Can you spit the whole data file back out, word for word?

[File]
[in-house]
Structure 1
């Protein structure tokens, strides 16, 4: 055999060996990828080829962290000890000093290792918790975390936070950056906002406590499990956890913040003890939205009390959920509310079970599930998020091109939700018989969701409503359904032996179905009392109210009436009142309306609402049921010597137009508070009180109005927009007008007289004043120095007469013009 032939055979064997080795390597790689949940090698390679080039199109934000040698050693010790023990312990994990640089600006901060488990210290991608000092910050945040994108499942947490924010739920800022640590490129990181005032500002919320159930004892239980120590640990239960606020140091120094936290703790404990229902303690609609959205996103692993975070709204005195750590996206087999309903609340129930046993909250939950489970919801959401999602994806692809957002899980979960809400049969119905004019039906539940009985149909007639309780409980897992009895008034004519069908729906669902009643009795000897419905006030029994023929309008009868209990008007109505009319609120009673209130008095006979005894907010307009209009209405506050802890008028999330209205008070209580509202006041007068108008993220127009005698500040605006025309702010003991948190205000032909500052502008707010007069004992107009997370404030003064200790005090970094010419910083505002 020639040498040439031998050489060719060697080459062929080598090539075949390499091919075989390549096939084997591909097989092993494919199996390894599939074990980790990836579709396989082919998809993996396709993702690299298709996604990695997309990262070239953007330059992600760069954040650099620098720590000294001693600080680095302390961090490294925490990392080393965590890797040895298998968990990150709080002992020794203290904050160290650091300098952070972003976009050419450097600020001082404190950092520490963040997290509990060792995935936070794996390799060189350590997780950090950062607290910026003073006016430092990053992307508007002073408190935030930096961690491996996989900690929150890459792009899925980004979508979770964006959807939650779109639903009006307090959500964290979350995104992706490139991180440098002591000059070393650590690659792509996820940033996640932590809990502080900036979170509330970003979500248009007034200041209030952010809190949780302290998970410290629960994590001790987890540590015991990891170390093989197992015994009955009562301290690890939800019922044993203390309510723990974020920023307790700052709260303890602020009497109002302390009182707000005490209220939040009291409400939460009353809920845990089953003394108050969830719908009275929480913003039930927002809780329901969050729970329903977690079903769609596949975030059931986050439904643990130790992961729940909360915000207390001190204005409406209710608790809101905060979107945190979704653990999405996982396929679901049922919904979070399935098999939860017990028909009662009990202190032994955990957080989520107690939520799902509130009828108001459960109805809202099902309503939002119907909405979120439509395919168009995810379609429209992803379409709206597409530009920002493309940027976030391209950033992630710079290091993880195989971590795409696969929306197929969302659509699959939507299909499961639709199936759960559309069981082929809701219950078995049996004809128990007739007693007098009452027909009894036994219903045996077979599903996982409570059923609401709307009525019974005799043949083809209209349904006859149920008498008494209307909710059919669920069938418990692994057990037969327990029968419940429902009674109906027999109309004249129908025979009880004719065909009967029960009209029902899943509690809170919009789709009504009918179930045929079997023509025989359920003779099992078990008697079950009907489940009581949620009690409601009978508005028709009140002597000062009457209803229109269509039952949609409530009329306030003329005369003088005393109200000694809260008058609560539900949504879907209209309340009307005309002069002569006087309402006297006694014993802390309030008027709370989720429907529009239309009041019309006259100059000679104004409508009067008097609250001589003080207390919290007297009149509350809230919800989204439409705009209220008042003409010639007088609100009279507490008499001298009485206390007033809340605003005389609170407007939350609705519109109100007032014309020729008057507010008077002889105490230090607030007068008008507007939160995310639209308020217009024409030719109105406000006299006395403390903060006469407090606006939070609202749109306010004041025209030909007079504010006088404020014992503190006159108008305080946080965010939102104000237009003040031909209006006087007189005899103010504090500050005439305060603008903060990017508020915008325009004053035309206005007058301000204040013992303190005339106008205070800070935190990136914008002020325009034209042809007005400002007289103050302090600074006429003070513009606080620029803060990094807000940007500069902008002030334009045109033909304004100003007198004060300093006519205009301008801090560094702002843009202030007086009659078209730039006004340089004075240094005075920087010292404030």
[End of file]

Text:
[in-house]
Structure 1
């Protein structure tokens, strides 16, 4: 055999060996990828080829962290000890000093290792918790975390936070950056906002406590499990956890913040003890939205009390959920509310079970599930998020091109939700018989969701409503359904032996179905009392109210009436009142309306609402049921010597137009508070009180109005927009007008007289004043120095007469013009 032939055979064997080795390597790689949940090698390679080039199109934000040698050693010790023990312990994990640089600006901060488990210290991608000092910050945040994108499942947490924010739920800022640590490129990181005032500002919320159930004892239980120590640990239960606020140091120094936290703790404990229902303690609609959205996103692993975070709204005195750590996206087999309903609340129930046993909250939950489970919801959401999602994806692809957002899980979960809400049969119905004019039906539940009985149909007639309780409980897992009895008034004519069908729906669902009643009795000897419905006030029994023929309008009868209990008007109505009319609120009673209130008095006979005894907010307009209009209405506050802890008028999330209205008070209580509202006041007068108008993220127009005698500040605006025309702010003991948190205000032909500052502008707010007069004992107009997370404030003064200790005090970094010419910083505002 020639040498040439031998050489060719060697080459062929080598090539075949390499091919075989390549096939084997591909097989092993494919199996390894599939074990980790990836579709396989082919998809993996396709993702690299298709996604990695997309990262070239953007330059992600760069954040650099620098720590000294001693600080680095302390961090490294925490990392080393965590890797040895298998968990990150709080002992020794203290904050160290650091300098952070972003976009050419450097600020001082404190950092520490963040997290509990060792995935936070794996390799060189350590997780950090950062607290910026003073006016430092990053992307508007002073408190935030930096961690491996996989900690929150890459792009899925980004979508979770964006959807939650779109639903009006307090959500964290979350995104992706490139991180440098002591000059070393650590690659792509996820940033996640932590809990502080900036979170509330970003979500248009007034200041209030952010809190949780302290998970410290629960994590001790987890540590015991990891170390093989197992015994009955009562301290690890939800019922044993203390309510723990974020920023307790700052709260303890602020009497109002302390009182707000005490209220939040009291409400939460009353809920845990089953003394108050969830719908009275929480913003039930927002809780329901969050729970329903977690079903769609596949975030059931986050439904643990130790992961729940909360915000207390001190204005409406209710608790809101905060979107945190979704653990999405996982396929679901049922919904979070399935098999939860017990028909009662009990202190032994955990957080989520107690939520799902509130009828108001459960109805809202099902309503939002119907909405979120439509395919168009995810379609429209992803379409709206597409530009920002493309940027976030391209950033992630710079290091993880195989971590795409696969929306197929969302659509699959939507299909499961639709199936759960559309069981082929809701219950078995049996004809128990007739007693007098009452027909009894036994219903045996077979599903996982409570059923609401709307009525019974005799043949083809209209349904006859149920008498008494209307909710059919669920069938418990692994057990037969327990029968419940429902009674109906027999109309004249129908025979009880004719065909009967029960009209029902899943509690809170919009789709009504009918179930045929079997023509025989359920003779099992078990008697079950009907489940009581949620009690409601009978508005028709009140002597000062009457209803229109269509039952949609409530009329306030003329005369003088005393109200000694809260008058609560539900949504879907209209309340009307005309002069002569006087309402006297006694014993802390309030008027709370989720429907529009239309009041019309006259100059000679104004409508009067008097609250001589003080207390919290007297009149509350809230919800989204439409705009209220008042003409010639007088609100009279507490008499001298009485206390007033809340605003005389609170407007939350609705519109109100007032014309020729008057507010008077002889105490230090607030007068008008507007939160995310639209308020217009024409030719109105406000006299006395403390903060006469407090606006939070609202749109306010004041025209030909007079504010006088404020014992503190006159108008305080946080965010939102104000237009003040031909209006006087007189005899103010504090500050005439305060603008903060990017508020915008325009004053035309206005007058301000204040013992303190005339106008205070800070935190990136914008002020325009034209042809007005400002007289103050302090600074006429003070513009606080620029803060990094807000940007500069902008002030334009045109033909304004100003007198004060300093006519205009301008801090560094702002843009202030007086009659078209730039006004340089004075240094005075920087010292404030």